It's the ultimate novel of ideas. A book of characters who spend most of their time spouting thoughts on big topics like love, religion, science, politics and sexuality. That is.... more
I wonder if people who refer to Aldous Huxley's Brave New World as a cautionary tale—that is, those who aren't confusing it with George Orwell's Nineteen Eighty-Four—could.... more
The old-school ideas man and the new age
Every article on Aldous Huxley starts by noting his famous family: grandfather T.H. Huxley, the scientist and supporter of Darwin's evolution theory; father Leonard, the literary editor; and brother Julian, the prominent biologist. His main personal claim to fame is always listed as the science fiction novel Brave New World. (The game Trivial Pursuit even has an answer that mistakenly attributes the origin of the phrase "brave new world" to him.)
But in the first half of the twentieth century Aldous Huxley was considered one of the great intellects of the era, as he produced a wide range of novels, travel books, histories, poems, plays, and essays on philosophy, arts, religion and psychology. Then the second half, especially the 1960s, saw a resurgence of interest in Huxley's later works on mysticism, drugs, sex and utopianism.
Today his early literary novels are still studied, though not read by the intelligent general public as they once were. In some ways this is too bad, as the concerns that his "novels of ideas" raised are still with us. However, his characters' statement of those ideas is somewhat dated and their aristocratic and artistic milieus are difficult to identify with today. If you can get past that though, you may find his best novels quite provocative—and viciously funny in places.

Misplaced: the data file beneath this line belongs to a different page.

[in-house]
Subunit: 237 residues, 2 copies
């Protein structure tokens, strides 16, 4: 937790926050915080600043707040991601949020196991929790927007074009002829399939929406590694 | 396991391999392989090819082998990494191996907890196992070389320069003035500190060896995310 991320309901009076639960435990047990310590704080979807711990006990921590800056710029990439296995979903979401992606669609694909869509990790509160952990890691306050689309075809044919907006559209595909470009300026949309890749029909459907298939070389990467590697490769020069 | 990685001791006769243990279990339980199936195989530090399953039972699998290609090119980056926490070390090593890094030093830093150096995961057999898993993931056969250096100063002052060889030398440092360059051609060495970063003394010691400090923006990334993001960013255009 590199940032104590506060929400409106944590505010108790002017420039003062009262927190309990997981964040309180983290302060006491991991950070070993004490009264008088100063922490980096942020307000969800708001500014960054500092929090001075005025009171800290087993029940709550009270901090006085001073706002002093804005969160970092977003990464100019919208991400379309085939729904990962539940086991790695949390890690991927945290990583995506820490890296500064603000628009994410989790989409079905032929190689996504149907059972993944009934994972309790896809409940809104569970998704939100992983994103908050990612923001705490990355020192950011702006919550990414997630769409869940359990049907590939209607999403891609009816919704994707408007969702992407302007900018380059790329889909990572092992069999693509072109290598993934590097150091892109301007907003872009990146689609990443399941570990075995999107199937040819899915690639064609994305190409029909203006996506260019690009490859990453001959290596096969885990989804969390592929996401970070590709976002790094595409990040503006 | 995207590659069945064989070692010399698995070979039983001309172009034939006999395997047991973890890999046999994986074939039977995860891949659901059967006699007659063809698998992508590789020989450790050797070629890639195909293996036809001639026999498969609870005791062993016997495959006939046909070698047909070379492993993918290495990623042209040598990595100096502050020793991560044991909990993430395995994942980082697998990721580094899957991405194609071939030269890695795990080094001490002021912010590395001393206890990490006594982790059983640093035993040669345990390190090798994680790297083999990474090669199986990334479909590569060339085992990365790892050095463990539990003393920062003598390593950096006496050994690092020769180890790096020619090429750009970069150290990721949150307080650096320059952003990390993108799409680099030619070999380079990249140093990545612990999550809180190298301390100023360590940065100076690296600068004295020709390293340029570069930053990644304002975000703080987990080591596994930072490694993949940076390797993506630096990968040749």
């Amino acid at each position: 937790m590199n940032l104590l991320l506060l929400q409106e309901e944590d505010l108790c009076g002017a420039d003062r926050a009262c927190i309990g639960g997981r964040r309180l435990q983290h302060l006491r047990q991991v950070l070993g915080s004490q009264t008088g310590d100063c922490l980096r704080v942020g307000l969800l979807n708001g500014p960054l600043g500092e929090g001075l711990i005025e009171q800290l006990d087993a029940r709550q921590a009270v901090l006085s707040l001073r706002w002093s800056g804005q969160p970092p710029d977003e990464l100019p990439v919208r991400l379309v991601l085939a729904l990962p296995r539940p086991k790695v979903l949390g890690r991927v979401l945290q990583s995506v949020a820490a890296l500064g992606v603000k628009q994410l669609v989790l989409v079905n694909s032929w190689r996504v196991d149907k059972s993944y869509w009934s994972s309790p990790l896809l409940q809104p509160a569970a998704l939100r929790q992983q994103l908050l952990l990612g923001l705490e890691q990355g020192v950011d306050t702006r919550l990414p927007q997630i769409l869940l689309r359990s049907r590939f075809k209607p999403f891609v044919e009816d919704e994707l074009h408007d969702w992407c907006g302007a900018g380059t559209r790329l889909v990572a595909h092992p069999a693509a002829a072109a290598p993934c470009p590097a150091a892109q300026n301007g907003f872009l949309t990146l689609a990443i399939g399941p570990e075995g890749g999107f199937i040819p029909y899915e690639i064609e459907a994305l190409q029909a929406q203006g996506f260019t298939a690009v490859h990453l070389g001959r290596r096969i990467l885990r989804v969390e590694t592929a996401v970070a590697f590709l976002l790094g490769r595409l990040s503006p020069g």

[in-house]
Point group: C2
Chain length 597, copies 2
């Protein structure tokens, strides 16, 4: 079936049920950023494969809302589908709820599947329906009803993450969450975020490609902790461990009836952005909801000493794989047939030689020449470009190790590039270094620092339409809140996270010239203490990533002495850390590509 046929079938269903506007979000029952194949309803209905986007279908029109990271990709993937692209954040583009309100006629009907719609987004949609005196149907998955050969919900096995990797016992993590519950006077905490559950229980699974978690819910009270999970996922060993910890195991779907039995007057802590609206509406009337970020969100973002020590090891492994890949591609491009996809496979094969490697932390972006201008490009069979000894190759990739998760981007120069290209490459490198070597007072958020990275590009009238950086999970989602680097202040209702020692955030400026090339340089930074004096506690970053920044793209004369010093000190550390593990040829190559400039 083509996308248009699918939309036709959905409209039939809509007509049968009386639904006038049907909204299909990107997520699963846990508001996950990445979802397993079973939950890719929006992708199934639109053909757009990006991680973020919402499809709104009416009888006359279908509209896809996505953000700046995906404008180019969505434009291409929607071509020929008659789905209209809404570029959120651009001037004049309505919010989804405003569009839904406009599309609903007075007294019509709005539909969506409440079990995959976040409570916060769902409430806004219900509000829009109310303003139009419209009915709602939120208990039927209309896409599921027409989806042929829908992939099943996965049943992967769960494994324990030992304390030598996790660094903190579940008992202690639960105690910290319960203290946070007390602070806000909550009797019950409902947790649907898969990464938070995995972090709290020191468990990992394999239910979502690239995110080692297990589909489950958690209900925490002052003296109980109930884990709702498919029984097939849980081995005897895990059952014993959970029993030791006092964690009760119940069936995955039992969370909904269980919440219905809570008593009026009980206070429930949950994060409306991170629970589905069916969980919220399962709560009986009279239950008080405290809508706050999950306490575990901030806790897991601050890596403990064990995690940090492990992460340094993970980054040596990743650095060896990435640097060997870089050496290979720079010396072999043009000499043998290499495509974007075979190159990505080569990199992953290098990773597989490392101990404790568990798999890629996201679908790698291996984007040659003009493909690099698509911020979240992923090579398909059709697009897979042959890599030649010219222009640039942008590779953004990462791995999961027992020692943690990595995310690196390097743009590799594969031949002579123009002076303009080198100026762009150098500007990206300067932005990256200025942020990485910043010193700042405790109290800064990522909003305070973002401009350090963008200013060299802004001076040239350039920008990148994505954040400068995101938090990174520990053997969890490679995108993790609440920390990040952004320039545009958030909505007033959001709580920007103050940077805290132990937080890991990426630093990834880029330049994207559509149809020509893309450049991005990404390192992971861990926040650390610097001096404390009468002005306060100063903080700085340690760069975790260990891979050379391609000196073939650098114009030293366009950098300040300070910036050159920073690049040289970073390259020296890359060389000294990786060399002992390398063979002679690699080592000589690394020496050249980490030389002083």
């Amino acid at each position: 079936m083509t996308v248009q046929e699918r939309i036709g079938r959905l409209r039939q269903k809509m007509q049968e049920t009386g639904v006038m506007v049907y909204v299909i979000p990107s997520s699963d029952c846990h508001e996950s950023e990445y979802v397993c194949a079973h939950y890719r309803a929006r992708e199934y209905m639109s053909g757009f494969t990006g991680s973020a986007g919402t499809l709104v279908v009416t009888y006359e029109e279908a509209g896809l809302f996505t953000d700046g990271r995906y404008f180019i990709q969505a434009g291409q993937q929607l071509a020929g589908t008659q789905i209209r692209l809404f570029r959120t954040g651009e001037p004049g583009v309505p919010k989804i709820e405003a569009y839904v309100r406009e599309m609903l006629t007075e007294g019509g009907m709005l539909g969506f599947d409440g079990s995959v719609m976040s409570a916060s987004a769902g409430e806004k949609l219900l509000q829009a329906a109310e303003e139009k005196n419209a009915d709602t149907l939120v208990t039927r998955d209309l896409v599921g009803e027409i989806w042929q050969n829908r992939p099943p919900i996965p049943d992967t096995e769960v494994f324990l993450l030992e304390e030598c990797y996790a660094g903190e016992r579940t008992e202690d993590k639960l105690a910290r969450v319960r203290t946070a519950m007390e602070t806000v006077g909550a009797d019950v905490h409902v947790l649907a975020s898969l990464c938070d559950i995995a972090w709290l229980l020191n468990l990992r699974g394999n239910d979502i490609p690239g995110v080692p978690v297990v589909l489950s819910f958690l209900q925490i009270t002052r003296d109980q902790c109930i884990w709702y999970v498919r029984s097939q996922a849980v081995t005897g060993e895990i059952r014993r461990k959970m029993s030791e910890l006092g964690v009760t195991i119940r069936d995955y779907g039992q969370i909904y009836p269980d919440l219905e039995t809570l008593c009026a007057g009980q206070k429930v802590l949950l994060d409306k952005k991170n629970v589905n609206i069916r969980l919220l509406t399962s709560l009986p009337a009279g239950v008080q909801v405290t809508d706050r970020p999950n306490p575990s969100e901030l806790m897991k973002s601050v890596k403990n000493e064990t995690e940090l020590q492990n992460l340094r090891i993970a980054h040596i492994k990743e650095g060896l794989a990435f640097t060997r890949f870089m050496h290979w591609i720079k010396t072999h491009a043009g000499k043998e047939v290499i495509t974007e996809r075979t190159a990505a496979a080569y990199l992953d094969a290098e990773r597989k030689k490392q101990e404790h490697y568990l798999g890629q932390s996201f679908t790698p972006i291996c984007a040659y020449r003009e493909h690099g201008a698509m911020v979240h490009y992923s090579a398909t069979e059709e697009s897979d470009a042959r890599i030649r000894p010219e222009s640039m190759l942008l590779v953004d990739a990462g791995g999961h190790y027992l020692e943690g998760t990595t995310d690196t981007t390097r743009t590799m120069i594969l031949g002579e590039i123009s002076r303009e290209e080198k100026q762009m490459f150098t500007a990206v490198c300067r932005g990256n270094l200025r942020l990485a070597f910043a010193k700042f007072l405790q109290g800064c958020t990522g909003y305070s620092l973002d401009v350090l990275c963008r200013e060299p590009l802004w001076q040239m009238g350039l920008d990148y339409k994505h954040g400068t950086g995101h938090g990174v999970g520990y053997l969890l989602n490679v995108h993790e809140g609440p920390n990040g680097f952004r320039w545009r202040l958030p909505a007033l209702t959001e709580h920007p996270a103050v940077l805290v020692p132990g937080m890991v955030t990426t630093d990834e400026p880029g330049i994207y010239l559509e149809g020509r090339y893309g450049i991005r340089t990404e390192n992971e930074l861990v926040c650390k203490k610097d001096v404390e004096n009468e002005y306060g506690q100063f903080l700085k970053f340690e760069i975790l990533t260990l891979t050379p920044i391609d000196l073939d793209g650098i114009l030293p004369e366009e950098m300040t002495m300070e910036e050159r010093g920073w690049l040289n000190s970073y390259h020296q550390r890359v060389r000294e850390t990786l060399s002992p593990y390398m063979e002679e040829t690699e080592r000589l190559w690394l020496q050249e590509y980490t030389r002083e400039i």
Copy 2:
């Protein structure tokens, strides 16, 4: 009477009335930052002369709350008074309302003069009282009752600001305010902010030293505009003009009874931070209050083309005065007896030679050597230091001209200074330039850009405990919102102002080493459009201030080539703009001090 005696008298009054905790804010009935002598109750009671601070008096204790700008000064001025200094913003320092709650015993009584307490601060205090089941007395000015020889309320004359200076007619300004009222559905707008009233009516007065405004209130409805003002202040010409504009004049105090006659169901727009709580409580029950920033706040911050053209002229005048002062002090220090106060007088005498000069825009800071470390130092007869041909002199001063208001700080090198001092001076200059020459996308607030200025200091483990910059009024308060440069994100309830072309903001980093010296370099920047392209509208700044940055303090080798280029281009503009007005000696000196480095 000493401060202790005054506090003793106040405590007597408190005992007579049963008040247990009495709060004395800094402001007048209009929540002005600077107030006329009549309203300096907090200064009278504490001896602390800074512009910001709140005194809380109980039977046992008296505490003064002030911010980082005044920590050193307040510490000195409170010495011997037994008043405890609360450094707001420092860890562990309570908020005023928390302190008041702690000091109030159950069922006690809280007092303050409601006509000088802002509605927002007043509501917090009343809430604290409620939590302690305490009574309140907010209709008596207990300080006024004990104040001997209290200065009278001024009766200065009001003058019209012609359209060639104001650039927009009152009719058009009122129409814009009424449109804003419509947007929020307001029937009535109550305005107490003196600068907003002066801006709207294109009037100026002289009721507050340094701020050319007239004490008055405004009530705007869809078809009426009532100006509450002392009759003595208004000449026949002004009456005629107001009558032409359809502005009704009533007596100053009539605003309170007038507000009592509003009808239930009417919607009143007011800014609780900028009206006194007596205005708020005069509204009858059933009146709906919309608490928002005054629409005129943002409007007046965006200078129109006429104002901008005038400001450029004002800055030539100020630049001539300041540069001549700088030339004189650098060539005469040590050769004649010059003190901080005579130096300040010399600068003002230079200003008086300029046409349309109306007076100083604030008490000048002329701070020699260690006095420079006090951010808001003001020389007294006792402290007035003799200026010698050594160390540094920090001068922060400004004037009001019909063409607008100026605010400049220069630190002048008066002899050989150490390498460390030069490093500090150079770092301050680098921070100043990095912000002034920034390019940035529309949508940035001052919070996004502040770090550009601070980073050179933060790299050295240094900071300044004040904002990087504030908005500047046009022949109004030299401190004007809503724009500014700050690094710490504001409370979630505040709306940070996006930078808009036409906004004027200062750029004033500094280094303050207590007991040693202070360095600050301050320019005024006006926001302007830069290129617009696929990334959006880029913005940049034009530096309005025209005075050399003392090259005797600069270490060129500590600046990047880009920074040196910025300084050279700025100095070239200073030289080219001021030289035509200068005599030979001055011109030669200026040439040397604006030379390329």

Huxley came from a well-to-do background himself and was educated at Eton and Oxford. After the First World War (he was kept out of the fighting by near-blindness), he wrote for a literary publication, while publishing poetry and stories. His first novel was Crome Yellow (1921), which wittily satirized the intellectual pretensions of his upper-crust friends—although he denied this, saying the characters in the novel were just stick figures created to present ideas.
His next novel was Antic Hay (1923), my personal favourite, which parodied the bohemian community in post-war London—while creating a couple of ridiculously tragic characters who have stayed in the memory for years. Whenever I run across a self-important artist I think of the hopelessly deluded Casimir Lypiatt.
Point Counter Point (1928) is held to be Huxley's greatest literary production, and it does present some more wicked parodies of contemporary intellectuals—his friends the novelist D.H. Lawrence and the critic Middleton Murry—as well as create some lost figures in touching situations. But the characters' ideas are played off against against each other at much wordier length than in Crome Yellow and the tone is more cynical.
Brave New World (1932) is the novel that has most connected with the public, having been cited with George Orwell's Nineteen Eighty-Four (with which it is frequently confused), as one of the two great works of the century depicting a future in which science and technology are used to repress the human spirit.
In his writing to this point, Huxley had been increasingly concerned with the loss of spirituality in a scientific age, and his last great novel, Eyeless in Gaza (1936), brought this to the fore. In this complicated, chronology-switching, semi-autobiographical work, the characters go through personal and political phases leading to dead-ends before the main character finds his own salvation in mystical pacifism—an idea that soon seemed to pass into irrelevance with the start of the Second World War, although it had a resurgence later.
After this, Huxley's work drew less attention, although there are numerous fans of his non-fictional works: The Devils of Loudon (1952), a study in sexual hysteria; and The Doors of Perception (1954) and Heaven and Hell (1956), the latter two describing his experiments with hallucinogenic drugs, as well as inspiring the name of the rock group The Doors.
Brave New World Revisited (1959) was a non-fiction sequel to his most popular novel and brought his dystopia into the nuclear era. Island (1962), on the other hand, was his attempt to put forward a utopian alternative, although he ended by accepting it was impractical.
One other thing Aldous Huxley is famous for: asking for and taking LSD as he lay dying—a seeker to the end.
And he's still a provocative read, whether you agree with him or find him misguided. Huxley presents so many ideas, and ideas about ideas, that I imagine almost any reader would both agree with him in parts and find him dangerously misguided in other parts (I know I do). Which, in my books, makes him required reading for everyone.